September 7, 1942
Liverpool’s success over Wrexham at Anfield was never in doubt, but certainly the margin of the win was rather flattering to the Reds, or, shall I say, a little unjust to Wrexham?
It cannot be denied that Liverpool knew their goal-way, and particularly Cyril Done, who carried on his good work of last season and cracked home three. Wrexham went away pointless and goalless simply because they missed their way in front of goal.
Wrexham kept play far too close and their inside-forwards were repeatedly crowding into each other That was right “in the hands” of Eric Keen, Ray Lambert and company. It lightened their task considerably.
So far as actual attacking was concerned Wrexham had as much of the game as Liverpool although it lacked that definite stamp of class. The Welshmen were enterprising and willing, but there was a lacking in collaborative sense. One thing, they have discovered a bonny winger in George Collins, a Wrexham boy whom they discovered and developed. Collins has all the makings of a tip-top winger who go places especially if he can control his shin-pads as readily as he controls the ball.
I was also impressed with the work of David Jones in goal; Frank Hill, the Arsenal half-back of the progressive ideas; Arthur Turner and Frank White, while Tommy Jones, of Everton, unable to travel with the Blues, came in at left back to apply touches of rare vintage. Yes, an encouraging display by Wrexham, but Liverpool were the masters.
The Reds kept the ball moving freely and besides their goals struck the framework several times. George Mills, of Chelsea, was not particularly conspicuous as a leader, but it was he who played more of the inside forward role, creating openings rather than taking them. This is partly why Done got three while Dick Dorsett got one – and a truly great goal at that. From 20 yards it flew like a rocket. Dick can surely hit them.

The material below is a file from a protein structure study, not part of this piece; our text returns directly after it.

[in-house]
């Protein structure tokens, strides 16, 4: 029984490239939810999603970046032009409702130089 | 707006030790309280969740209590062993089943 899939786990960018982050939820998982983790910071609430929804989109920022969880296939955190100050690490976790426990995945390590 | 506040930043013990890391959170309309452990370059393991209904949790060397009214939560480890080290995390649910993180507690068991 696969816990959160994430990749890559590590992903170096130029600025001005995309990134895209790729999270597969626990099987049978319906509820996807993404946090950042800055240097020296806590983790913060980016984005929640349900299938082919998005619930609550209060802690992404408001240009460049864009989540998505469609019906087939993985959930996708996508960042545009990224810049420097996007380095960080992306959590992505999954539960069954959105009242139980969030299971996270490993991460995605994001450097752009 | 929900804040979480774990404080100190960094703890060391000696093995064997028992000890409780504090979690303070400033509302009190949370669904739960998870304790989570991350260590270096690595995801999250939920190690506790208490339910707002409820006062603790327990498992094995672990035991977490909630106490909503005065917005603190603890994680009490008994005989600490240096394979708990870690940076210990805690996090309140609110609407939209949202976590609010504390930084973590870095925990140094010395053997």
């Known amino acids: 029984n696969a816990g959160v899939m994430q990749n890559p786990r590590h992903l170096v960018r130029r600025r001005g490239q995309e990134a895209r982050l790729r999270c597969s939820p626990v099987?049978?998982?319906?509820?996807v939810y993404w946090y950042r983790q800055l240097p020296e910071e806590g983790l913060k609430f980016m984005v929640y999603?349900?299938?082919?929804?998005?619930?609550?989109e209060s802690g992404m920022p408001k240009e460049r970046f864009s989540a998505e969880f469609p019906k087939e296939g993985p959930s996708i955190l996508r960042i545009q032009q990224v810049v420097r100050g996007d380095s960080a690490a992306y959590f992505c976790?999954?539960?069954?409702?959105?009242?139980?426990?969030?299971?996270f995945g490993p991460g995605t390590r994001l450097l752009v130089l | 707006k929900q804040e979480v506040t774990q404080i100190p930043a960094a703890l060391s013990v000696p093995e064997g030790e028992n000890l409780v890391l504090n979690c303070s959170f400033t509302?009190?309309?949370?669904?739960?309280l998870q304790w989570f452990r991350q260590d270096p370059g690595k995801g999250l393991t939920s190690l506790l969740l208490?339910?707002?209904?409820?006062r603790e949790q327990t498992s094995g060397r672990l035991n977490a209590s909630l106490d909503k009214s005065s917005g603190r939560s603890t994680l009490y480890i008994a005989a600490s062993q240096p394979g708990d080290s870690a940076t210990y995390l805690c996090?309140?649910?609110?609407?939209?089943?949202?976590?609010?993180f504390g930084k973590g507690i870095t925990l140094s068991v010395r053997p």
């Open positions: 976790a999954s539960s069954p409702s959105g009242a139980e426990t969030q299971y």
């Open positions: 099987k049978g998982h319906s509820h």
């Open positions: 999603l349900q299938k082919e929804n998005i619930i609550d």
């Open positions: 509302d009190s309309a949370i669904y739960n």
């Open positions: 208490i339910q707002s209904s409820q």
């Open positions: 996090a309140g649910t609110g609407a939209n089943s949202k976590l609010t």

Yes, despite enforced re-shuffles due to injury, Liverpool were generally going places and I thought Ray Lambert, Alf Hobson, Eric Keen, Dick Dorsett and Cyril Done were on top note. Eddie Spicer came back to give us some nice touches in characteristic style before he tired. Roy Guttridge was twice injured, but one hopes he will be all right for next Saturday’s “Derby” game with Everton at Anfield. And a warning to the Reds. They will have to play with greater conviction than on Saturday to down their rivals.
Chairman Mr. Richard Lawson Martindale dashed back from a short holiday to re-welcome us to the Anfield fold, and he was supported by Directors Messrs. William McConnell, vice-chairman, William John Harrop, Walter Henry Cartwright, and George Alfred Richards. Chairman Mr. John Hughes, of Wrexham, brought along quite a big party, including Directors Messrs. Tom Williams, and Sam Clutton, while Manager Mr. Tom Williams was right when he claimed that they had no reason to feel despondent after their display.
(Evening Express: September 7, 1942; via http://www.britishnewspaperarchive.co.uk) © 2018 Findmypast Newspaper Archive Limited